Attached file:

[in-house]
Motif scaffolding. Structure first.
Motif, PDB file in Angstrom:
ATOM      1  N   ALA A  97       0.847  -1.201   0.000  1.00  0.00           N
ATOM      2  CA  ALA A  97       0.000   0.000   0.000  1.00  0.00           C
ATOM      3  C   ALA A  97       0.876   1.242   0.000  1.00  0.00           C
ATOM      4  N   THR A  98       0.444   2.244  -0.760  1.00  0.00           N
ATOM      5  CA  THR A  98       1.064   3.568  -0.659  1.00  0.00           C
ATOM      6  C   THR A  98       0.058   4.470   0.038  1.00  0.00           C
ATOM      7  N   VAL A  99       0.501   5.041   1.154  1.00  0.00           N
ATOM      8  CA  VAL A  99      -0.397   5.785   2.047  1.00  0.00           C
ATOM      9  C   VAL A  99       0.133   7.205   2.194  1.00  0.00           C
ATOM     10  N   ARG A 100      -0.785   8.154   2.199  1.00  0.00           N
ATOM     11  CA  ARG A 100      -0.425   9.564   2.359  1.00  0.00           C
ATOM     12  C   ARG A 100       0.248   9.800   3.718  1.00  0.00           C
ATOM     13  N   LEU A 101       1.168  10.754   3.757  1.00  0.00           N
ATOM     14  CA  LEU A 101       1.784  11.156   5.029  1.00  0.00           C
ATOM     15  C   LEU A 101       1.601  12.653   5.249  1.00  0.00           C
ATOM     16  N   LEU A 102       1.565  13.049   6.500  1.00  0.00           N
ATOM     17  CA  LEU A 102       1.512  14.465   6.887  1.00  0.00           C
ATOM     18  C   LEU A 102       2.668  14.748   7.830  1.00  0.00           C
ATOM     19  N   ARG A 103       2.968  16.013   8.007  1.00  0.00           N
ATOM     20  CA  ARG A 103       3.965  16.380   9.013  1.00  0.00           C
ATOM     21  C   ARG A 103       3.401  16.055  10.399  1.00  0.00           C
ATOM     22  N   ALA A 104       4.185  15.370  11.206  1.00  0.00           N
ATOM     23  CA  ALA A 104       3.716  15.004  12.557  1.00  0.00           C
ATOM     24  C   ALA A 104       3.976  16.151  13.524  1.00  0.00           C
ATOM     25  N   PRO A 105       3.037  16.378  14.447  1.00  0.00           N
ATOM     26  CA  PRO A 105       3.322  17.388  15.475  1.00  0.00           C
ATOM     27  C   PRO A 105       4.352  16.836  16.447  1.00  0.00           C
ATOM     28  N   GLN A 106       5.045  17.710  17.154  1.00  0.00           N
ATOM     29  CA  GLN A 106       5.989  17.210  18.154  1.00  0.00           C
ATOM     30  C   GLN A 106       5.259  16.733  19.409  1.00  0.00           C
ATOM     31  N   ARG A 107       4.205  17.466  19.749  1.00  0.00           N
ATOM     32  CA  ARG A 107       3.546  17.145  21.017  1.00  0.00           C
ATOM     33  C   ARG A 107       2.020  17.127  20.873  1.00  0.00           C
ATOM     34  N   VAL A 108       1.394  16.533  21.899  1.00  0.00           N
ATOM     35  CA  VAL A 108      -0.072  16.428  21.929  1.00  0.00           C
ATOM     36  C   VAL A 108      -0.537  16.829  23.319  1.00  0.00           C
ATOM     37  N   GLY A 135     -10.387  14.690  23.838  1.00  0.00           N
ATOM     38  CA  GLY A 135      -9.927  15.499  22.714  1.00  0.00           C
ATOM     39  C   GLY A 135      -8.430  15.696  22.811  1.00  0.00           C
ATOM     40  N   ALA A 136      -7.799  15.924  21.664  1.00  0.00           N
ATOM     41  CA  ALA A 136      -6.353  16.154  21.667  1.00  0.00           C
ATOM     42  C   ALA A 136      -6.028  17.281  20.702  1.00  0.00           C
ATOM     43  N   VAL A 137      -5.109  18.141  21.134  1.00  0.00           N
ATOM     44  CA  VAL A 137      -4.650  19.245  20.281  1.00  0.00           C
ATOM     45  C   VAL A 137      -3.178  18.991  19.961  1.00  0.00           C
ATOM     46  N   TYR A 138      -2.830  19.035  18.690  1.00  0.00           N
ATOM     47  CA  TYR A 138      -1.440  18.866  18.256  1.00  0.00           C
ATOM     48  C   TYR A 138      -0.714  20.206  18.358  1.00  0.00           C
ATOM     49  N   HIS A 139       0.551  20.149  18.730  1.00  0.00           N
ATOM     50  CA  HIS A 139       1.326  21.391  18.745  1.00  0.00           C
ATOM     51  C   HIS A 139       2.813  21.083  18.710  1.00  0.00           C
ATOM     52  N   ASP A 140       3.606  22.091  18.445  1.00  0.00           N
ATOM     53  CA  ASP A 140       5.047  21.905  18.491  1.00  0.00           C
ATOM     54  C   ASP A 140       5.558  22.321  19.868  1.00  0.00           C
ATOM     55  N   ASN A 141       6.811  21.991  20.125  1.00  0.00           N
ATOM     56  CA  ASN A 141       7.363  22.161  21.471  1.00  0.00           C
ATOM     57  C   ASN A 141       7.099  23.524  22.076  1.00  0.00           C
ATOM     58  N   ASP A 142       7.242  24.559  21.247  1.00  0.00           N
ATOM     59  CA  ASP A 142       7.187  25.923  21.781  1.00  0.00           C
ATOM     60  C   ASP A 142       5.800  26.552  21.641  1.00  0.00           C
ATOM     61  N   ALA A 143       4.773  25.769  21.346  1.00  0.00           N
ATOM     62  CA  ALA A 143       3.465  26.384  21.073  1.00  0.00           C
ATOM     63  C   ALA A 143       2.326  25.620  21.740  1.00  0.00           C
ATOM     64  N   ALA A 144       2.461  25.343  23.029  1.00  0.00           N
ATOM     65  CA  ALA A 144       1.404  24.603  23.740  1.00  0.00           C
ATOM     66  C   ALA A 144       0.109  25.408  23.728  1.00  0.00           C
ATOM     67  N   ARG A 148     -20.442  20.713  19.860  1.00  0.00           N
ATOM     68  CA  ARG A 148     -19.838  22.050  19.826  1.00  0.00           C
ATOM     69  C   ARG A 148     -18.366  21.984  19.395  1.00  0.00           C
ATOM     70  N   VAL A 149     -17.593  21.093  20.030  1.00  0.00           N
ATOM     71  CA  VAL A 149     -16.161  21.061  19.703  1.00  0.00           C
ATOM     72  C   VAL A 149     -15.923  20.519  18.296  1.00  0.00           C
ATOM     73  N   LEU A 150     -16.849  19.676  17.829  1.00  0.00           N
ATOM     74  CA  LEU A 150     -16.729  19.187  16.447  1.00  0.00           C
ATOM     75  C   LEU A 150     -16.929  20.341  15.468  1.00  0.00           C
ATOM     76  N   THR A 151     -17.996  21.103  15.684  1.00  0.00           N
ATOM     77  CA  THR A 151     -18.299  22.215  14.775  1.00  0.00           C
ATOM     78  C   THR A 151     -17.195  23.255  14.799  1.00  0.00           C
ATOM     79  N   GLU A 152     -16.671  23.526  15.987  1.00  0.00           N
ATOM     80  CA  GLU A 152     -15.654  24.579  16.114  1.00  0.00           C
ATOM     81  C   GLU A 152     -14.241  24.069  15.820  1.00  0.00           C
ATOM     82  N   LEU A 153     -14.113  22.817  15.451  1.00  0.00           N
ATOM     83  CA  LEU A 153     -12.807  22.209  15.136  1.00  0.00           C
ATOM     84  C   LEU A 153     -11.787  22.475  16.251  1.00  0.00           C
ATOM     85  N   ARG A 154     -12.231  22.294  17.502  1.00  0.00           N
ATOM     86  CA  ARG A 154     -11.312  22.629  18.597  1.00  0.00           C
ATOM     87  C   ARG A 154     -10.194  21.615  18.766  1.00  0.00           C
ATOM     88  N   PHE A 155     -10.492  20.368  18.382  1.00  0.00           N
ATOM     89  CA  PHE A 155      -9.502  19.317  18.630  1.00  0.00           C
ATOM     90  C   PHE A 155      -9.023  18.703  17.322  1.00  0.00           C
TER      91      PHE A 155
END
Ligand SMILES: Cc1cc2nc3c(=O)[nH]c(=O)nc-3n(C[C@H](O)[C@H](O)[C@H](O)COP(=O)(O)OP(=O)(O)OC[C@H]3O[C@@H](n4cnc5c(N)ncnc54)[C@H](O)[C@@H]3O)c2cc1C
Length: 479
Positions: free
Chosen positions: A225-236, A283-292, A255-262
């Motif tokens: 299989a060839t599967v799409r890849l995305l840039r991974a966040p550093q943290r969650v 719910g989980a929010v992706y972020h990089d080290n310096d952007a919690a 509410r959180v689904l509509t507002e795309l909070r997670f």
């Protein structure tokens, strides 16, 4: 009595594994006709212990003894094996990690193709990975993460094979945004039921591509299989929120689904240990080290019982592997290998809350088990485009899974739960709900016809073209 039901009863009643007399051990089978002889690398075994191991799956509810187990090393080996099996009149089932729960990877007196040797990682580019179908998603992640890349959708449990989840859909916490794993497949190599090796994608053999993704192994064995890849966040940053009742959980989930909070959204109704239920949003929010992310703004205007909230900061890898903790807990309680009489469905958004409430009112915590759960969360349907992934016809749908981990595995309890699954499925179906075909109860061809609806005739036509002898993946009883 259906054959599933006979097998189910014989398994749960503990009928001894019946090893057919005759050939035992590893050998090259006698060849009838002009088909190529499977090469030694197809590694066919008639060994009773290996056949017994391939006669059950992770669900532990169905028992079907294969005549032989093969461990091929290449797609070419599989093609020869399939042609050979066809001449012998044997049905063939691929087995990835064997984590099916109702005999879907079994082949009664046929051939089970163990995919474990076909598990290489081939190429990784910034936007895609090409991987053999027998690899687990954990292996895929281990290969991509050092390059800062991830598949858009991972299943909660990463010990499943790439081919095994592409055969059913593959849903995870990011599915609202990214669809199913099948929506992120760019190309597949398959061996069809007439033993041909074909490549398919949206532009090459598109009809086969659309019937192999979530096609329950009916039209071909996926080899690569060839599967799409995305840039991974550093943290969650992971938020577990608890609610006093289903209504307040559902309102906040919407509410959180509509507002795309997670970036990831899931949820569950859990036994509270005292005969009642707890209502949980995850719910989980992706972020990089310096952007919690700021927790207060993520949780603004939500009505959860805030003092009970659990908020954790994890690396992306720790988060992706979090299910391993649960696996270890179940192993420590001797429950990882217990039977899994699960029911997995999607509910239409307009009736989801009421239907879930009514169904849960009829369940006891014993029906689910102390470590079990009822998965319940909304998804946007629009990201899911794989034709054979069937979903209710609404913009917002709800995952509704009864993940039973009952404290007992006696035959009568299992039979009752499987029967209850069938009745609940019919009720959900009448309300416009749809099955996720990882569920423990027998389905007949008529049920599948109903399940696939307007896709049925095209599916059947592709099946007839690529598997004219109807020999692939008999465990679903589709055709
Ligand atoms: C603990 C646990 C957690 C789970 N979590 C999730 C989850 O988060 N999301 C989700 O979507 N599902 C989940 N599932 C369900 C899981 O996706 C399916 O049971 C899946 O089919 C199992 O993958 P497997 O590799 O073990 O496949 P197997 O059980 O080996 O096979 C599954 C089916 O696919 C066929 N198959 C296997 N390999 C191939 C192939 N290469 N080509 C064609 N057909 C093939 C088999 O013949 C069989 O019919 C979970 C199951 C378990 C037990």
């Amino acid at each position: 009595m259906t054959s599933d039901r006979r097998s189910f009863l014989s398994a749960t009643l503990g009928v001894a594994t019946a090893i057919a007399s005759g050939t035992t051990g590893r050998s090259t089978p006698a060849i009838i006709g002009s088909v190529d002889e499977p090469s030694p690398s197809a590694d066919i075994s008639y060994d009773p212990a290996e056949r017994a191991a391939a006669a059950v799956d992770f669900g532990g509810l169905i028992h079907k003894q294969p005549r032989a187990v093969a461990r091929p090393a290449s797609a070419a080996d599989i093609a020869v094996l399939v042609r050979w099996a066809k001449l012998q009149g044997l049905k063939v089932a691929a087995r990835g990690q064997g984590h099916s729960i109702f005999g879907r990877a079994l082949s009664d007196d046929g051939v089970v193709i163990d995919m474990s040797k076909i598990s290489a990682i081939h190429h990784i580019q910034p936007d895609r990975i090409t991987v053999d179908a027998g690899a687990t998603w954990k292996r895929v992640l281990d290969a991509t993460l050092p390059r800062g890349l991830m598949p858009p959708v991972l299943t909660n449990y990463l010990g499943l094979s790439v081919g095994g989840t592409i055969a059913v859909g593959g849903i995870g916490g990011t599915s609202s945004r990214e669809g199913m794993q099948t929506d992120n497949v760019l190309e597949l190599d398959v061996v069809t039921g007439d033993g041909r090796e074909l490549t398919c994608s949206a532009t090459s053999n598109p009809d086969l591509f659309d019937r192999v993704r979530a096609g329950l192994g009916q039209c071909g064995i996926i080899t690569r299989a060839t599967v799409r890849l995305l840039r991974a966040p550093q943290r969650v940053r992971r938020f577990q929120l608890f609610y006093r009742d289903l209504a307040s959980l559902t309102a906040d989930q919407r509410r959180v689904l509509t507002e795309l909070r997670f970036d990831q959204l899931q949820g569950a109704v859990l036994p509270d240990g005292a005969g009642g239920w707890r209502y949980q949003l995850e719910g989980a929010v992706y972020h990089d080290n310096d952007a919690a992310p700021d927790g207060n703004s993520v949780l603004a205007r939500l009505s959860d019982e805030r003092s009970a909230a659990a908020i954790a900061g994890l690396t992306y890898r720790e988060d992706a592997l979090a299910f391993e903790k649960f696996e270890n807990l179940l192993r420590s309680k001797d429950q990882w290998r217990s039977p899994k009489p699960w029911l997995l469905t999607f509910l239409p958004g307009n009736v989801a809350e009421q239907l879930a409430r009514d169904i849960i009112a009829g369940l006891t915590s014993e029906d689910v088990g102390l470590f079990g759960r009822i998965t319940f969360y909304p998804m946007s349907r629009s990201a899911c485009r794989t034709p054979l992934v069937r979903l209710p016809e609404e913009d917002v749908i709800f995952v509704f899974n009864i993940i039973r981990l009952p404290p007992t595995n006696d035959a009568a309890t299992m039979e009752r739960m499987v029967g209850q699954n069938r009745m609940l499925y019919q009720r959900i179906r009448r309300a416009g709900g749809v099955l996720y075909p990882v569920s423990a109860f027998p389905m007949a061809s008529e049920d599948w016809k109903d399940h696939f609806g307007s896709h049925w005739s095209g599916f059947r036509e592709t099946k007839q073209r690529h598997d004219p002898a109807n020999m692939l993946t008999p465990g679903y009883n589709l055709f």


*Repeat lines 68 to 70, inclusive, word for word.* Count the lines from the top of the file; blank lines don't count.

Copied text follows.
ATOM     65  CA  ALA A 144       1.404  24.603  23.740  1.00  0.00           C
ATOM     66  C   ALA A 144       0.109  25.408  23.728  1.00  0.00           C
ATOM     67  N   ARG A 148     -20.442  20.713  19.860  1.00  0.00           N